Author : Satish Misra

Expert Speak India Matters
Published on Mar 29, 2019

The Indian National Congress's promise of guaranteed minimum income (NYAY) has shifted the narrative surrounding the general elections back to economic issues.

Congress promise of monthly income to poor: A game changer or a recipe for economic disaster?

A debate is currently raging in the country on the Indian National Congress (INC) promise of guaranteed minimum income (NYAY- Nyuntam Aay Yojna) to 20 per cent of the poorest families. Congress president Rahul Gandhi said if his party is voted to power in the ongoing parliamentary election then poorest of the families would be given an income support of Rs 6,000 per month or Rs 72, 000 per annum, benefitting 25 crore households.

Those belonging to left of the center ideological spectrum welcomed it calling it a game changer while others adherents of right of the center politics dubbed it as “bluff” and a recipe for economic disaster.

Debate is old and as idea of universal basic income or with different nomenclatures is at lease couple of centuries old. In the 16th century, Sir Thomas More raised the idea in Utopia saying that every person should receive a guaranteed income. In the late 18th century, English Radical Thomas Spence and American activist Thomas Paine strongly back the idea for a welfare system that guarantees all citizens a certain income.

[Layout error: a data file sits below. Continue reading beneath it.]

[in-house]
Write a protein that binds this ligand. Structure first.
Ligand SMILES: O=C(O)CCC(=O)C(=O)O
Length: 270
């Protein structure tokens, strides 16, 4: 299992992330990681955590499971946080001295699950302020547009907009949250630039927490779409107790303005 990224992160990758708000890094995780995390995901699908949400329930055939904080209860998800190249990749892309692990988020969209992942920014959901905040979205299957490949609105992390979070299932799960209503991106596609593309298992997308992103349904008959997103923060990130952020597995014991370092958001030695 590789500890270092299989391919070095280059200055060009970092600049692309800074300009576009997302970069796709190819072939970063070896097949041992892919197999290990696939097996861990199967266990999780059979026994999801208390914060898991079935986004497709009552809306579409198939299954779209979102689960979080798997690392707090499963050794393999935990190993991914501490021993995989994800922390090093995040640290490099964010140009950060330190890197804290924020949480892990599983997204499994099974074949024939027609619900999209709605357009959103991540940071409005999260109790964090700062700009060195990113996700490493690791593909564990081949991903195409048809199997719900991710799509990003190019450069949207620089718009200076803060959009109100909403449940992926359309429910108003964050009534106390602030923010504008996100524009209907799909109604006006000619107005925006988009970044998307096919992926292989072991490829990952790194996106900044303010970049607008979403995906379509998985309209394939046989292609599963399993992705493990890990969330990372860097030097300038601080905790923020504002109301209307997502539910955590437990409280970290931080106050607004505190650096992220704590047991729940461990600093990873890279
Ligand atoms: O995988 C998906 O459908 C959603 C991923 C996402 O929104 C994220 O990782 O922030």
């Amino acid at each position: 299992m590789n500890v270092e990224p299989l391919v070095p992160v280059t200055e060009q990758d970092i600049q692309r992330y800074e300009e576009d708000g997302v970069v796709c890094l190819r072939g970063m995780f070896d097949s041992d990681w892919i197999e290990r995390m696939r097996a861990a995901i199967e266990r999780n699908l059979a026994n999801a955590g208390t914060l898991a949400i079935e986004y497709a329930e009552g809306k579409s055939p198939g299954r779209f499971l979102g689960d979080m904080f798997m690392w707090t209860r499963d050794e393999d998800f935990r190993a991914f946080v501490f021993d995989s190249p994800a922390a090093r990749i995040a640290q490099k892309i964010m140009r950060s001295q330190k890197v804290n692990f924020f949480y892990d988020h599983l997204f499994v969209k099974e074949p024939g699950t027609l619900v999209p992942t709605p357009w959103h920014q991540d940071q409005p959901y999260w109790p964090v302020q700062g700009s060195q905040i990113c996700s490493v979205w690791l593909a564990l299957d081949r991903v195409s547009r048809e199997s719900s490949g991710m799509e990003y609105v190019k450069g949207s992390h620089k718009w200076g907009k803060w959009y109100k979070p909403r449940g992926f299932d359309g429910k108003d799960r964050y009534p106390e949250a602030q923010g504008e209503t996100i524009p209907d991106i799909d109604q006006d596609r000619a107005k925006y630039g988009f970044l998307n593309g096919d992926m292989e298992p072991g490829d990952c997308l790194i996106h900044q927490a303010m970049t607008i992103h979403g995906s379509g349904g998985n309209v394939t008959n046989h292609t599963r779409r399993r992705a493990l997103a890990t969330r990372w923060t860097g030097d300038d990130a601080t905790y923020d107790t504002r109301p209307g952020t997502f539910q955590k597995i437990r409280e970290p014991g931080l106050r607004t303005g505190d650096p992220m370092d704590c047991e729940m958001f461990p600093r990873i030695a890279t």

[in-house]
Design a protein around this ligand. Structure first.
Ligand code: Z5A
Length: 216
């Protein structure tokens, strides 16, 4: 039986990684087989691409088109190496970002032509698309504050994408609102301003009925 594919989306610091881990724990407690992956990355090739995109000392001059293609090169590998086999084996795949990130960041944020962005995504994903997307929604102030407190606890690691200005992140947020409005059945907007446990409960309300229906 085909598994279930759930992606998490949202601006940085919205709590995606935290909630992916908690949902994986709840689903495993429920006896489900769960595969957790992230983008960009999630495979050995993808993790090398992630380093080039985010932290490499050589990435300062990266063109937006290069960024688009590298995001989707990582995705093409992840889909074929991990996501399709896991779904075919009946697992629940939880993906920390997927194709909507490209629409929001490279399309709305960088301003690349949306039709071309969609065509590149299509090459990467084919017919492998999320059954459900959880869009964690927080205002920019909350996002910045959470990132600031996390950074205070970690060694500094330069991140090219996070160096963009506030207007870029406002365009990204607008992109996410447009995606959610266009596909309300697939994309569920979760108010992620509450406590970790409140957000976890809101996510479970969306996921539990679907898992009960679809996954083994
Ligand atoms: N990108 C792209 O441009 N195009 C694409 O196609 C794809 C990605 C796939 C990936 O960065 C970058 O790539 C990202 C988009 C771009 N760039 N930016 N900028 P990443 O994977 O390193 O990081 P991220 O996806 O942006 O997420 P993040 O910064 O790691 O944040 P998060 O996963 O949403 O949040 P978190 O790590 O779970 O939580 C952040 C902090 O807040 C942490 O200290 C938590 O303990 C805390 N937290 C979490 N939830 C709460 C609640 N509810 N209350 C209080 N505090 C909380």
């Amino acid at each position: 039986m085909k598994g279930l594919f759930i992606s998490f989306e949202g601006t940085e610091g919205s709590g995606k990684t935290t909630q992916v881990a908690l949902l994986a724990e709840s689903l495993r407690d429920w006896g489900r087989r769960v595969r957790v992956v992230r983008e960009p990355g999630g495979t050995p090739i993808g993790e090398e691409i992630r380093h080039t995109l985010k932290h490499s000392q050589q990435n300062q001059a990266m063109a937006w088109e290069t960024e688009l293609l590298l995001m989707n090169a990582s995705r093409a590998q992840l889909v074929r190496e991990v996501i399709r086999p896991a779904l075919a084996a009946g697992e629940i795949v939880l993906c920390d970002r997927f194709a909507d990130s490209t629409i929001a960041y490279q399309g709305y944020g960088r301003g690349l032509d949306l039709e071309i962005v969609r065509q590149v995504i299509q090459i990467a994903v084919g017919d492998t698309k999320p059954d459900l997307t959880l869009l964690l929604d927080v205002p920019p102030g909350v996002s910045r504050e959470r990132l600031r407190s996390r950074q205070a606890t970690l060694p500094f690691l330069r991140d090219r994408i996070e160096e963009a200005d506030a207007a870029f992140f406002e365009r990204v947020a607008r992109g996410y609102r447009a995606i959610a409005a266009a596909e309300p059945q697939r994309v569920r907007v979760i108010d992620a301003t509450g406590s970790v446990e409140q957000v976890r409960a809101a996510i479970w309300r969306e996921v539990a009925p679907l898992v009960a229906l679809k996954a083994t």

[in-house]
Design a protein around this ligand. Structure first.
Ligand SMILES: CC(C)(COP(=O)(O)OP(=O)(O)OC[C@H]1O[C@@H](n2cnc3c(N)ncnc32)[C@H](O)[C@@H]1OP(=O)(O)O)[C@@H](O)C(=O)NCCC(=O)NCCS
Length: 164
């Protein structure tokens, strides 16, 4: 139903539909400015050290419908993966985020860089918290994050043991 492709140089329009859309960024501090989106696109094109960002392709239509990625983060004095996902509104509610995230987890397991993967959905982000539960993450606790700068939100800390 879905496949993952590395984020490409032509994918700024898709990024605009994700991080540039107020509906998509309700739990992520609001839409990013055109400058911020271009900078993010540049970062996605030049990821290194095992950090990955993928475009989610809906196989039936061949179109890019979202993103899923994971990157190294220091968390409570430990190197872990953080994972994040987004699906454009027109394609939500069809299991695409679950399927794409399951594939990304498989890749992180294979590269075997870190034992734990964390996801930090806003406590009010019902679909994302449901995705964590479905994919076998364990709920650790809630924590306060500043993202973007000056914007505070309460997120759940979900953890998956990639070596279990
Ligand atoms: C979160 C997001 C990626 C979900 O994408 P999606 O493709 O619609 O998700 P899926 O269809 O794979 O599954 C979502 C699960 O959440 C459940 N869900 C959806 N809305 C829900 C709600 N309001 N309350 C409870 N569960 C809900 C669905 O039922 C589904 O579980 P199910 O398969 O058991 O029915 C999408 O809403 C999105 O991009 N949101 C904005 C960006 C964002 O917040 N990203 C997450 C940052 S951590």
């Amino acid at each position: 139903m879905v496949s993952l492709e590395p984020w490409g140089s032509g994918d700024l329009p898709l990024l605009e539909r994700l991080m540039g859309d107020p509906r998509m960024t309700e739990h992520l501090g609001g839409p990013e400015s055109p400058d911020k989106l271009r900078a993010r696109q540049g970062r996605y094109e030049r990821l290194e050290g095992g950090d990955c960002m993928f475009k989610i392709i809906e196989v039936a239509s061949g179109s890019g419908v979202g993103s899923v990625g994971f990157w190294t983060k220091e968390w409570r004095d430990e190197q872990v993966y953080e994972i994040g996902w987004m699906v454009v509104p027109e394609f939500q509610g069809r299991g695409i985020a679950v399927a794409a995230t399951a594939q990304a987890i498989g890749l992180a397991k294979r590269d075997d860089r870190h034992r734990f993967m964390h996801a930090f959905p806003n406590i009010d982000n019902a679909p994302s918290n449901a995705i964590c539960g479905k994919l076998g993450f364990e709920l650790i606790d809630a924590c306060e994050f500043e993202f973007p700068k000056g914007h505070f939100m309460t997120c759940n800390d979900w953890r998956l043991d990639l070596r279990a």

Debate on the issue has been going on across the globe. It surfaces when a political party promises or a government announces a populist scheme that is meant for the weaker sections of society. In India, debate has been going on since the country became independent. Question was what kind of economic system- capitalist or socialist-, India should follow. After long debates and discussion, decision went in favour of the mixed economy.

Every government since independence made efforts to address the problem of wide spread poverty and several subsidy schemes were introduced by successive governments that claimed to reduce percentage of poor in society.

During the freedom struggle, leaders and parties had promised the idea of creating a welfare state to the people. Constitution makers conceived India as a welfare state. Article 38 in the Part IV of Constitution that deals with the Directive Principles of State Policy clearly states: “The State shall strive to promote the welfare of the people by securing and protecting as effectively as it may a social order in which justice, social, economic and political shall inform all the institutions of the national life.”

Though promise has been made as part of the party manifesto that are released by political parties during the national or state elections but its pros and cons need to be viewed in the light of the concept of welfare as defined in the Indian Constitution.

Congress President Subhash Chandra Bose had first mooted the idea of a minimum income guarantee scheme in 1938 at the Haripur session. Even a committee headed by Jawaharlal Nehru was constituted to study the idea and explore its feasibility but it could not be pursued possibly because of the outbreak of the World War II.

Following the constitutional objective, different governments introduced various subsidy schemes but inequalities particularly in economic field continued to persist. Gap between rich and poor became more pronounced particularly after the country’s economy was opened with massive dose of liberalization in the last decade of the last century.